Celebrating curious and innovative minds
It is time for the annual celebration of the curiosity and innovation of Irish teenagers that is the BT Young Scientist and Technology Exhibition (BTYSTE).
The 1,100 second-level pupils filling the halls of the RDS over the next three days are shining examples of what is best about Irish education: encouraging and supporting young minds to ask questions, pursue the answers and, as this exhibition has shown on many occasions over its 53-year history, produce ground-breaking research. A newer kid on the block, the RDS Primary Science Fair, is also running this week.
Pupils and their teachers deserve the highest credit for pushing out the boundaries to embrace a greater focus on student inquiry, rather than a rote approach to learning, as do all others who entered but didn't make it through.
Yes, the competition is tough because there is an abundance of talent and enthusiasm out there. We have seen previous winners take their projects to European and world stages, and return with gold or silver awards. Many have gone on to stellar careers, some as global entrepreneurs.
The exhibition is an occasion of pride for all involved. Perhaps it could be an even more exciting showcase if the education system had responded sooner to the needs of students, through the introduction of new teaching and learning methodologies and the broader forms of assessment in science that are only now coming on-stream at second-level.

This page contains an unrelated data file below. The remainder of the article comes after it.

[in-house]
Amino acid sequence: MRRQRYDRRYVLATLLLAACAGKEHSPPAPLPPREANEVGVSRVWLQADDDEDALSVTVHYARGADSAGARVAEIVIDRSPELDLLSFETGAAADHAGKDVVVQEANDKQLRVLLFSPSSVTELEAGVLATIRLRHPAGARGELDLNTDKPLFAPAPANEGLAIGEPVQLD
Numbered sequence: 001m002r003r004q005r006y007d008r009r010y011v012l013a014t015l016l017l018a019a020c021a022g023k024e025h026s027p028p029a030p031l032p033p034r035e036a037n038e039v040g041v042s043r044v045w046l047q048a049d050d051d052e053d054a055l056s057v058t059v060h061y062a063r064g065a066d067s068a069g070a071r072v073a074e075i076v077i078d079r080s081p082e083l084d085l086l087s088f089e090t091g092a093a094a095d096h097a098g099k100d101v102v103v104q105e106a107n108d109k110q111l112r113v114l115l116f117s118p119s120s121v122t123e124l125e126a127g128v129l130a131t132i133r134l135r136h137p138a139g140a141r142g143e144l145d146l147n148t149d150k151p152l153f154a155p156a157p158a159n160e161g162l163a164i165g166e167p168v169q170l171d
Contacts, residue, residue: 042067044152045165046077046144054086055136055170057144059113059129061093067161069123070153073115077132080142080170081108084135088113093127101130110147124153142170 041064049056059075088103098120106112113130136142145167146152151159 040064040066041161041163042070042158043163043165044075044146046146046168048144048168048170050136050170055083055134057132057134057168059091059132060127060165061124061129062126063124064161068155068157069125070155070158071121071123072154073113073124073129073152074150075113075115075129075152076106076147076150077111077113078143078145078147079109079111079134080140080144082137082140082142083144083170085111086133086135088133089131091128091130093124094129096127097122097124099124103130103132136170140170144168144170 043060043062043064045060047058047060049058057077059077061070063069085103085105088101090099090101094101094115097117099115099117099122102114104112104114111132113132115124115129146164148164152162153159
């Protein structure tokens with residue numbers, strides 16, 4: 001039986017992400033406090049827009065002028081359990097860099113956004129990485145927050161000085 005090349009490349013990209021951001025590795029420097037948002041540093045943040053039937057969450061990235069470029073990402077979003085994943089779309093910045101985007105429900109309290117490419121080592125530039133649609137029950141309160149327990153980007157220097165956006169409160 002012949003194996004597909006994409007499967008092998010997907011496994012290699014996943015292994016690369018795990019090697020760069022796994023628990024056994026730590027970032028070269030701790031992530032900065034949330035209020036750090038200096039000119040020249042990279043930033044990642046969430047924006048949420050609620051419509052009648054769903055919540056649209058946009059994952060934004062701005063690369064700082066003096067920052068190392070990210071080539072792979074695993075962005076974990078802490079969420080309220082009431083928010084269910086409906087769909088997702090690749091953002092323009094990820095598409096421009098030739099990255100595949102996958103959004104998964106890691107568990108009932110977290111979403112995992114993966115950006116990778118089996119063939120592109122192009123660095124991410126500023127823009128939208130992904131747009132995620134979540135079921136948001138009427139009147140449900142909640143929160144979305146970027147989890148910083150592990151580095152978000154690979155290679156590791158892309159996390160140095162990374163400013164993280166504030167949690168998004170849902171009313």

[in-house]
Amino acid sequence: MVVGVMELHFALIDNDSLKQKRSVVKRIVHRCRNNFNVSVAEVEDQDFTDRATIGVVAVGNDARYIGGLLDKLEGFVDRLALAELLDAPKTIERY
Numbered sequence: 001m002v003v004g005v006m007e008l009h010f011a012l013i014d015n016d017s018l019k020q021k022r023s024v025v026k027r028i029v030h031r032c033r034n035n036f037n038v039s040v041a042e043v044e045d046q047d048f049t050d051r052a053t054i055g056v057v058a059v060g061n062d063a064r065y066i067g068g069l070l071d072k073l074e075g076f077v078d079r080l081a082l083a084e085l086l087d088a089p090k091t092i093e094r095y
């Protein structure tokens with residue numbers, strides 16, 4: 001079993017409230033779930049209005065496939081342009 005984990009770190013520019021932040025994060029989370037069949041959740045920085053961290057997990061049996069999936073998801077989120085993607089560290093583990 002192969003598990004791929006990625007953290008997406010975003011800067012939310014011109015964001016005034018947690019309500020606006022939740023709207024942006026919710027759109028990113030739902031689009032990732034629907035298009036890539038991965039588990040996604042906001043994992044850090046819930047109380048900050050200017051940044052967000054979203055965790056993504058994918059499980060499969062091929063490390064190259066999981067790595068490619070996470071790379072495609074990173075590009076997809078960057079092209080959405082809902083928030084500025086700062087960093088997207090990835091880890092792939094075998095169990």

Beyond what it might offer the BTYSTE, ongoing reforms are needed if more students are to be encouraged and supported in the study of the Stem subjects of science, technology, engineering and maths - subjects on which society is increasingly reliant.
Time for TDs to outline their views on abortion
Taoiseach Leo Varadkar has frankly reflected that TDs' and senators' proposal, to allow abortion up to 12 weeks, does go further than many people would have anticipated. His remarks came after a two-hour Cabinet debate on this difficult issue.
Otherwise, Mr Varadkar has reserved his position in the matter for now. But he is still relying on Health Minister Simon Harris to help deliver a promised referendum on changes to the Constitution by late May or early June.
The issue has periodically bedevilled and convulsed the nation on several occasions over the past 35 years. But it is 16 years since voters last had their say on the matter, and the original Constitutional provision at the centre of the controversy dates back to September 1983.
Our politicians have been trying to make sense of the matter for the past five years. But the time is rapidly approaching when the ordinary citizens must be given their chance to decide the way forward.
It is now vital that Mr Varadkar and his colleagues keep to the timetable already set out. We need clear options outlined in a respectful and measured debate to allow people to make an informed decision.
There will be a free vote on the issue for TDs and senators in both the main parties. But this does not mean that our lawmakers can shirk their obligation to let their constituents know their stance on it.
It is up to every public representative to outline their views as part of a meaningful national debate.